CareFlight unveils Indigenous Artwork on the NT Rescue Helicopter powered by Viva Energy 

CareFlight is today proud to unveil Indigenous artwork on its NT Rescue Helicopter powered by Viva Energy, reinforcing the aeromedical service’s commitment to reconciliation ahead of NAIDOC Week.

CareFlight’s commitment to reconciliation is central to the organisation’s mission to save lives and speed recovery, delivering better health outcomes in Australia. This is pointedly true in the Northern Territory, where the majority of our patients are First Nations peoples from remote communities across the Top End.

The flying symbolic artwork also highlights the commitment to reconciliation of Viva Energy Australia, the proud naming rights sponsor of the Rescue Helicopter.

Indigenous artwork is the first form of art in Australia and is used for storytelling, communication, and as a way to preserve culture. By featuring this art on its helicopter, CareFlight honours these traditions and initiates conversations that promote learning and reconciliation between Indigenous and non-Indigenous Australians today.

The helicopter, operated on behalf of the NT Government, now features stunning artwork by Dixon Patten, a proud Yorta Yorta and Gunnai man.

“This helicopter represents our commitment as an organisation to reconciliation action,” said CareFlight’s CEO, Mick Frewen.

“We hope it will serve as a conversation starter and be warmly welcomed by communities”, said Mr Frewen, a leading member of CareFlight’s Reconciliation Action Plan (RAP) working group.

“A key component of reconciliation is timely access to quality health services based on need regardless of where people live. CareFlight is committed to providing that access to quality care in a culturally appropriate way”, he said.

“Our aspiration is for the helicopter to continue to deliver lifesaving medical care and develop a deep sense of pride and acknowledgment within the communities we serve.”

The artwork is rich in symbolism, representing diverse Indigenous communities and the positive impact of reconciliation efforts. It contains circles and infinity symbols that represent ancient cultural practices, while dots and lines that join these circles express family relationships and knowledge transfer. Ripples stand for positive energy in the community, travelling along the pathways and footsteps toward reconciliation led by the guidance of Elders. ‘U’ shape symbols speak to the collaborative nature of building relationships, with gum leaves representing respect for Traditional Custodians. Boomerangs, kangaroo, and emu tracks symbolise going back to the root of cultural heritage for wisdom and the community’s progress.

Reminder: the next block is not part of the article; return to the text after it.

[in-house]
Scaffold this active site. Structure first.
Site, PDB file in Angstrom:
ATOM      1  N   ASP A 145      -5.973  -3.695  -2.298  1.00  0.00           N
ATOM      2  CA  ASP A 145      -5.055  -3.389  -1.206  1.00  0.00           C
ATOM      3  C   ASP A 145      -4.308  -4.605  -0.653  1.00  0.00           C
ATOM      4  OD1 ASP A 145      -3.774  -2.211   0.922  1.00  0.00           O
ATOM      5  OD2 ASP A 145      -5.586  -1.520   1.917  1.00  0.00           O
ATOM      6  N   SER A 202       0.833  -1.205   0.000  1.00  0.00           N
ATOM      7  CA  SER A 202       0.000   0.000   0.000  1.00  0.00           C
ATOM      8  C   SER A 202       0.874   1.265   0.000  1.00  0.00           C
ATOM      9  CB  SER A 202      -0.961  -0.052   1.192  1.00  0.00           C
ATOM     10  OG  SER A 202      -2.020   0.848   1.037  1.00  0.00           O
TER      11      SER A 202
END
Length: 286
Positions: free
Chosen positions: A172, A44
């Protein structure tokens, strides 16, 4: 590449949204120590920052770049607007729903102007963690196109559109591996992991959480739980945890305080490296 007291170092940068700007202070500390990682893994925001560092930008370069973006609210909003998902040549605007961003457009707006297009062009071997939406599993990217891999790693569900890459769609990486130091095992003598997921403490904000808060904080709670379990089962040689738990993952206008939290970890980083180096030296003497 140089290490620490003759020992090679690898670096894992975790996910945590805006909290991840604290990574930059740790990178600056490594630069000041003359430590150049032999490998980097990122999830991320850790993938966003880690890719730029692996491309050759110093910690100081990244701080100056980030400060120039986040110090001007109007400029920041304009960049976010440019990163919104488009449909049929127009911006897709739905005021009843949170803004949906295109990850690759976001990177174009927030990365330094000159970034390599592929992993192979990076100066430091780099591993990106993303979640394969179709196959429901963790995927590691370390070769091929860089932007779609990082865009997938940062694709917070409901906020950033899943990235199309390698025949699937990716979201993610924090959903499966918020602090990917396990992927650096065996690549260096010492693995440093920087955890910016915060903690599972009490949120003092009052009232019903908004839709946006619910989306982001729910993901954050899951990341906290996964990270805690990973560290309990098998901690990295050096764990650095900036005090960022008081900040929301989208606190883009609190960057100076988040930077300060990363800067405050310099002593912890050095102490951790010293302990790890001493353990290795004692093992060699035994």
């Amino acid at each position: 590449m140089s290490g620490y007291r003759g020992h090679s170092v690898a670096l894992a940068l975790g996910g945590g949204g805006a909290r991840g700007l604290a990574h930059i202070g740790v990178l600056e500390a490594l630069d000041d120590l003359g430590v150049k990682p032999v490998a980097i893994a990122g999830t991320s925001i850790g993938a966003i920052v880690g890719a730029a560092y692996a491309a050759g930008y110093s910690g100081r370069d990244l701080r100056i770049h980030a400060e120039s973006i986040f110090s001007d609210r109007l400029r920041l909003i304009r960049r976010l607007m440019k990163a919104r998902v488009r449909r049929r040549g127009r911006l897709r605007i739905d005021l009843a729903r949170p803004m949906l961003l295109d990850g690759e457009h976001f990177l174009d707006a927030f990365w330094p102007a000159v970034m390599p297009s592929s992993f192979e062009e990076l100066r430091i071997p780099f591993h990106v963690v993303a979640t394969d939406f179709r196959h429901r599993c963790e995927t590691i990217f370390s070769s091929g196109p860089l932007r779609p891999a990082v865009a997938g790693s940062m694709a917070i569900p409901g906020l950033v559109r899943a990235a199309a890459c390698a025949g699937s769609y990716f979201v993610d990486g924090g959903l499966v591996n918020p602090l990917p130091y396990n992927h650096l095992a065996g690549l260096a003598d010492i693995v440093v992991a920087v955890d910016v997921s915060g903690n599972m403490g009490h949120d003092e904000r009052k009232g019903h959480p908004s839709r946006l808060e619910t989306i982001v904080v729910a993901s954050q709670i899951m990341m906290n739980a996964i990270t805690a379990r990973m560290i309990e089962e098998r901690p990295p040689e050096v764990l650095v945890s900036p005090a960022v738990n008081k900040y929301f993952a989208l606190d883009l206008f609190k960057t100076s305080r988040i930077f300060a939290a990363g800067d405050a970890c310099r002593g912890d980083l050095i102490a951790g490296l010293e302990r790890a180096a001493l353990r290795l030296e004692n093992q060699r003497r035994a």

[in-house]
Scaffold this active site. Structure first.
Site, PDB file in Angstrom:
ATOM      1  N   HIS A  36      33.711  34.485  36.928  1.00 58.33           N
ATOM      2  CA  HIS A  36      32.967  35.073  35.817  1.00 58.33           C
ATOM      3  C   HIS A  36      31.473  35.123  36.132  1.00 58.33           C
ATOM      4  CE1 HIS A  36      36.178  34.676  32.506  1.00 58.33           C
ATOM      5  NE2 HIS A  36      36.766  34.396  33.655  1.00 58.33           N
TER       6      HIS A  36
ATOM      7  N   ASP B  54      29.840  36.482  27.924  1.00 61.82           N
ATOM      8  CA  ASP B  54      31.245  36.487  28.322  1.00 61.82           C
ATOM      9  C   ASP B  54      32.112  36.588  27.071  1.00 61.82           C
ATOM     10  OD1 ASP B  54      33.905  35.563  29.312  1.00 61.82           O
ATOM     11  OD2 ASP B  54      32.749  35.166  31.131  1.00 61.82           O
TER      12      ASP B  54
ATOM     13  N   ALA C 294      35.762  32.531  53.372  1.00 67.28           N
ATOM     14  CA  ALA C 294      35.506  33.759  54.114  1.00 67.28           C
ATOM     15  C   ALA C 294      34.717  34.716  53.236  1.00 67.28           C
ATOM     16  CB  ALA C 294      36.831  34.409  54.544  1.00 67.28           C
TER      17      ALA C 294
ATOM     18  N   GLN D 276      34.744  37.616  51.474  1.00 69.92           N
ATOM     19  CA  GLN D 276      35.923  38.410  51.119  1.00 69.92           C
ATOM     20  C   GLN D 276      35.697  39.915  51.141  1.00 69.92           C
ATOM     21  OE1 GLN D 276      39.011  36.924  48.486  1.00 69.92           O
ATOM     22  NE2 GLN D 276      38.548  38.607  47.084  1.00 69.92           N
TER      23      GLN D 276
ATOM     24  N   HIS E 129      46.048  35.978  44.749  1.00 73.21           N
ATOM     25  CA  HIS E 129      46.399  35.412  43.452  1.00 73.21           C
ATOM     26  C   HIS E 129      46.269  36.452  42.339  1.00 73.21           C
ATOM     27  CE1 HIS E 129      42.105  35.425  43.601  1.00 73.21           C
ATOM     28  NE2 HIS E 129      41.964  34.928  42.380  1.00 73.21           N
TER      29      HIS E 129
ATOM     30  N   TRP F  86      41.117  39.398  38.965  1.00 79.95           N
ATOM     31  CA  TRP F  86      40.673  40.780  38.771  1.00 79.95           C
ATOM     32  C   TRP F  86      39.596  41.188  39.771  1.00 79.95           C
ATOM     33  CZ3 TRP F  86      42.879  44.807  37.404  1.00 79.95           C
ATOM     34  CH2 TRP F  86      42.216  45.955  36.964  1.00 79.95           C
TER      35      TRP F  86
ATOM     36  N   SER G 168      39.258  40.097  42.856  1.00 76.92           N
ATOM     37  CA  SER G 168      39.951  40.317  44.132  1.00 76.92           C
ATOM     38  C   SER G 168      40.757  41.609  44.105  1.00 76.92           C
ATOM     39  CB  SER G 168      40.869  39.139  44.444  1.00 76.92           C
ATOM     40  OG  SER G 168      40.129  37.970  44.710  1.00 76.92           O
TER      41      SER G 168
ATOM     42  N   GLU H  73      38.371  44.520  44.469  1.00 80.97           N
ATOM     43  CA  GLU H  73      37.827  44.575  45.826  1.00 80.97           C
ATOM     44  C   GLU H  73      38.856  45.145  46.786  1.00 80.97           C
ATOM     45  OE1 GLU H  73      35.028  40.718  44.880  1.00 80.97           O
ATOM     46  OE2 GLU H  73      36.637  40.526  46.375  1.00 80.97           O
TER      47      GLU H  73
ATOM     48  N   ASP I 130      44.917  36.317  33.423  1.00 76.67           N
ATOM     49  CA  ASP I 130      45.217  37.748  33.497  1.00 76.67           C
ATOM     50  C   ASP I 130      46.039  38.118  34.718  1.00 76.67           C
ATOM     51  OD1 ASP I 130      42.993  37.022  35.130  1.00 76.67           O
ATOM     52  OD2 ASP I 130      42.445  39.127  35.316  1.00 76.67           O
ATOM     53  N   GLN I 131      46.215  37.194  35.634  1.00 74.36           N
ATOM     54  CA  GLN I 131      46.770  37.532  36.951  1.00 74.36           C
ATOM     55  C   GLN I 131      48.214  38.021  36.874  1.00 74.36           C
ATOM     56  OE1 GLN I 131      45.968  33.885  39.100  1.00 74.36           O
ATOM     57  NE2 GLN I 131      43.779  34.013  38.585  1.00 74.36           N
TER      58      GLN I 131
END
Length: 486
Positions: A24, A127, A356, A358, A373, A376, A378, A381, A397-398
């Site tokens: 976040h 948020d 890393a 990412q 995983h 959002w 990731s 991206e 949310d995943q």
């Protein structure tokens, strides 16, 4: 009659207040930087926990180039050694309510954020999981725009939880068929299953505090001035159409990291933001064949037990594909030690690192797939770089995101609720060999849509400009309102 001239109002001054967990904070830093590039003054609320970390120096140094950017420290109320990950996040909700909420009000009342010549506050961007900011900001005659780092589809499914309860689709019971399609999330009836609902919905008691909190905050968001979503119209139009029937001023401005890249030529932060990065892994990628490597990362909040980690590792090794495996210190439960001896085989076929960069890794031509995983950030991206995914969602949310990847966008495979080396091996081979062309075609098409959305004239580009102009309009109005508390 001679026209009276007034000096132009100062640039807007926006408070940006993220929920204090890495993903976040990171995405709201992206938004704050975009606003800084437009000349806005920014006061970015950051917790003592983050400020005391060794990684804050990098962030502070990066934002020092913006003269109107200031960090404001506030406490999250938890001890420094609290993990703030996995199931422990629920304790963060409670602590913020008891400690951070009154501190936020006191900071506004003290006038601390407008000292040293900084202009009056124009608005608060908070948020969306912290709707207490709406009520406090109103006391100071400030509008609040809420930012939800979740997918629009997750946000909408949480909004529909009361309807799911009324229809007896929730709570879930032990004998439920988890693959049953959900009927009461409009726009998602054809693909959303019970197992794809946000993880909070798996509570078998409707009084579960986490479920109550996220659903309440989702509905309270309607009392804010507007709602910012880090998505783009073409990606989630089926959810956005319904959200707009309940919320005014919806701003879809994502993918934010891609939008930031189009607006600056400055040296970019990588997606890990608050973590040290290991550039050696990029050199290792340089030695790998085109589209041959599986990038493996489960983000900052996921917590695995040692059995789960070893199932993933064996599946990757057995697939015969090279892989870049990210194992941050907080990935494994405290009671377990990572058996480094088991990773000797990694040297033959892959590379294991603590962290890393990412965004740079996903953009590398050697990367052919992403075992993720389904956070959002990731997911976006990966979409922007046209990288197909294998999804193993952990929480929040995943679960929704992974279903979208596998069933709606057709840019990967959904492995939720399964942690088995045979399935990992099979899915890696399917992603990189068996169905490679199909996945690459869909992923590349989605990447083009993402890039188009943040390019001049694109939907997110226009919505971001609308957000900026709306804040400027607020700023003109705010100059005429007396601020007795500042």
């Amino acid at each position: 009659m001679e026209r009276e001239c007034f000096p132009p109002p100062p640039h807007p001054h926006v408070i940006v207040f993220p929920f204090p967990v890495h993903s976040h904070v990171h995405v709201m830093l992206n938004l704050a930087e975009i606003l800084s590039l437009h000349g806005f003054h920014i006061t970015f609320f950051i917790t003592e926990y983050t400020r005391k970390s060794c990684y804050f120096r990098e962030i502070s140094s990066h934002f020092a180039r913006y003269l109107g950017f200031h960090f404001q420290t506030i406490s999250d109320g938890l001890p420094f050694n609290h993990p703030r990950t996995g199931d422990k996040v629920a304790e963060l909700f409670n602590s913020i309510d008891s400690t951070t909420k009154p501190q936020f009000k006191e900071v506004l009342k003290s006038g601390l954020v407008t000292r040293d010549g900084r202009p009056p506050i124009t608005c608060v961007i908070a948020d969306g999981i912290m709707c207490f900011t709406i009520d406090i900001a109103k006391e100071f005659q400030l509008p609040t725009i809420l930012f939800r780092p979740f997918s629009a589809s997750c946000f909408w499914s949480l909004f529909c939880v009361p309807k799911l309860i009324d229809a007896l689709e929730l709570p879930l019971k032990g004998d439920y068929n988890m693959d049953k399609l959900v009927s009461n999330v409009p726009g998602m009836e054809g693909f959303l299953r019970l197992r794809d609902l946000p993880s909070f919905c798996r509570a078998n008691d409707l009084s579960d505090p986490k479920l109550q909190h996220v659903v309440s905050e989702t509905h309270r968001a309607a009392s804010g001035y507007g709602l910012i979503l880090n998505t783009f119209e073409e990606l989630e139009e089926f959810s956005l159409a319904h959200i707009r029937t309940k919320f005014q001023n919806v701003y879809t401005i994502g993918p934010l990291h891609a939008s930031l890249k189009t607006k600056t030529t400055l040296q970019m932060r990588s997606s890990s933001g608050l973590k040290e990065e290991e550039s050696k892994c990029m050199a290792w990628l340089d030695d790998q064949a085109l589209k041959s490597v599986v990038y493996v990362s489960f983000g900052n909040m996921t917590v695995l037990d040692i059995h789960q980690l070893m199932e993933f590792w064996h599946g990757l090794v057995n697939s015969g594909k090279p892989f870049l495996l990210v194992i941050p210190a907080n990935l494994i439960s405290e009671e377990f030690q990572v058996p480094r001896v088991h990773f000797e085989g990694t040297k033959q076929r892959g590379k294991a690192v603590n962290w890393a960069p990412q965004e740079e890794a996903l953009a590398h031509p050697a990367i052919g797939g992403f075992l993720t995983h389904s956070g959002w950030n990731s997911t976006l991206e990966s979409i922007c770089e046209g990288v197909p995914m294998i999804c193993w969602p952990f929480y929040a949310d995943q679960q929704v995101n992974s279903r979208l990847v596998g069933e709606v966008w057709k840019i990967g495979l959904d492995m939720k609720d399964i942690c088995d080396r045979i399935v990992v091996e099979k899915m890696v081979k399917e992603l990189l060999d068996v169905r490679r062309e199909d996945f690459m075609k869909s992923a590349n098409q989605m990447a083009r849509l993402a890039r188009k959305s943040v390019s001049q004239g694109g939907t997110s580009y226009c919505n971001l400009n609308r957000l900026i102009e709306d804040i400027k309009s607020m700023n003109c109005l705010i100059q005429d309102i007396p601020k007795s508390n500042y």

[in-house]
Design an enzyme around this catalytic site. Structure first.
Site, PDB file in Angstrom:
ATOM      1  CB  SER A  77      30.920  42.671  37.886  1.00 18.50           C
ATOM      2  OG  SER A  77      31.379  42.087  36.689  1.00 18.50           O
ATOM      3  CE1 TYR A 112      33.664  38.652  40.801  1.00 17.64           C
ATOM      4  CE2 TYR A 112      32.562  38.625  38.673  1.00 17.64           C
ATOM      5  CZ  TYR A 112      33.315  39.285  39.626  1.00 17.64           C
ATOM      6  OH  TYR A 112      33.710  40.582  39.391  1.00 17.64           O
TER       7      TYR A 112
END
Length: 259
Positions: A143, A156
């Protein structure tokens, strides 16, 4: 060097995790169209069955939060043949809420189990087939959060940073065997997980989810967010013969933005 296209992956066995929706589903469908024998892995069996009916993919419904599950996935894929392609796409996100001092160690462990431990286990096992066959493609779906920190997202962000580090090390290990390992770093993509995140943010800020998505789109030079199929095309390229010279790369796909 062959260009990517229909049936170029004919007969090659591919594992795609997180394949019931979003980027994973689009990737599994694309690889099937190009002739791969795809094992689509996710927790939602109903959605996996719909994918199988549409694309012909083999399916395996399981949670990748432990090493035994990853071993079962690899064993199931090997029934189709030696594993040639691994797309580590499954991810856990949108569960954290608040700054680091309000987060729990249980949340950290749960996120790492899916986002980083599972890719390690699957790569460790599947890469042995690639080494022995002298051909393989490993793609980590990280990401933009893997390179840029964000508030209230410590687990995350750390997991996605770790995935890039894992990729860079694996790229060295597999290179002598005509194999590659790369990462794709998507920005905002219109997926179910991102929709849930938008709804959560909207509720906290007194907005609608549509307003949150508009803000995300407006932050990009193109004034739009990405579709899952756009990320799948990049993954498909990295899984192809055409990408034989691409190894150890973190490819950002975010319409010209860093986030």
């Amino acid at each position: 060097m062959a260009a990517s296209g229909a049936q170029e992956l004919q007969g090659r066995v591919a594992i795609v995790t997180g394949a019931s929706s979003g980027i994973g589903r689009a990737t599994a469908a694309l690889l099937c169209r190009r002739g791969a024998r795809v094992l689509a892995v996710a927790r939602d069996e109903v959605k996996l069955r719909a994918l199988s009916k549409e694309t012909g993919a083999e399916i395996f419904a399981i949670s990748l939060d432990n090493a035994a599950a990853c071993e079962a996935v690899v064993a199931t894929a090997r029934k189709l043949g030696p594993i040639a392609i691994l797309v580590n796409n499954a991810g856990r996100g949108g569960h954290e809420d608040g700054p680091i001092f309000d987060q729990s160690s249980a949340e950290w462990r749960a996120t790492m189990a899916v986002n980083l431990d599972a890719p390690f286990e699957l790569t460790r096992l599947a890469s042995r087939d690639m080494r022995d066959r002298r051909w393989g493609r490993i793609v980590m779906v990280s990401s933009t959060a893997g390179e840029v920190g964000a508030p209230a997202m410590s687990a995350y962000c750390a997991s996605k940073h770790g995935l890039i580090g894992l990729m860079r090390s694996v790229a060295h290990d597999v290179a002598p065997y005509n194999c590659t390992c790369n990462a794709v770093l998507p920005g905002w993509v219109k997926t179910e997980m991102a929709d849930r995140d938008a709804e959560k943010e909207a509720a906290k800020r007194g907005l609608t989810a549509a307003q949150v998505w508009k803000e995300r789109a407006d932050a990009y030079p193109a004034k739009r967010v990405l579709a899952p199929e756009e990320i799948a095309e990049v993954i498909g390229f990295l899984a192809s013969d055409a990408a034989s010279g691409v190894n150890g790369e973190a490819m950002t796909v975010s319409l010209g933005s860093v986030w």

Peter Broschofsky, the chair of CareFlight’s RAP working group, added, “This initiative is a significant step in our ongoing journey towards reconciliation. We are committed to fostering understanding and respect for Indigenous cultures, and this artwork on our helicopter is a powerful symbol of that commitment.”

Operating as a vital lifeline for patients in remote and inaccessible areas, especially during the Territory’s wet season when ground access to communities is disrupted, the Rescue Helicopter serves as a beacon of hope empowering resilience of the communities we serve.

In a recent critical operation in remote East Arnhem Land, CareFlight responded to an urgent situation where a mother required assistance during Cyclone Megan. With the community inaccessible due to the storm, CareFlight partnered with Miwatj Health Aboriginal Corporation. Despite challenging weather conditions, CareFlight’s expert team, supported by a midwife, successfully delivered the baby. Both mother and newborn were evacuated to Gove Hospital for ongoing medical care, underscoring the helicopter’s vital role as their primary lifeline in remote communities.

“We take great pride in partnering with CareFlight on this significant initiative,” said Viva Energy CEO Scott Wyatt. “The helicopter, which we support through our partnership, now visually depicts our community program in action: supporting access to community services and our commitment to First Nations people and reconciliation.  The artwork is a symbol of how Australia is enriched by First Nations culture and it is fitting to launch this initiative in the lead-up to NAIDOC week, which celebrates and recognises the history, culture and achievements of Aboriginal and Torres Strait Islander people.”

Thanks to the support of Viva Energy, CareFlight has been able to implement this initiative at no additional cost. This collaboration has allowed CareFlight to honour and celebrate Indigenous culture in a meaningful way. As the first charity aeromedical organisation to feature such significant artwork on its aircraft, CareFlight is setting a precedent in cultural recognition and community engagement.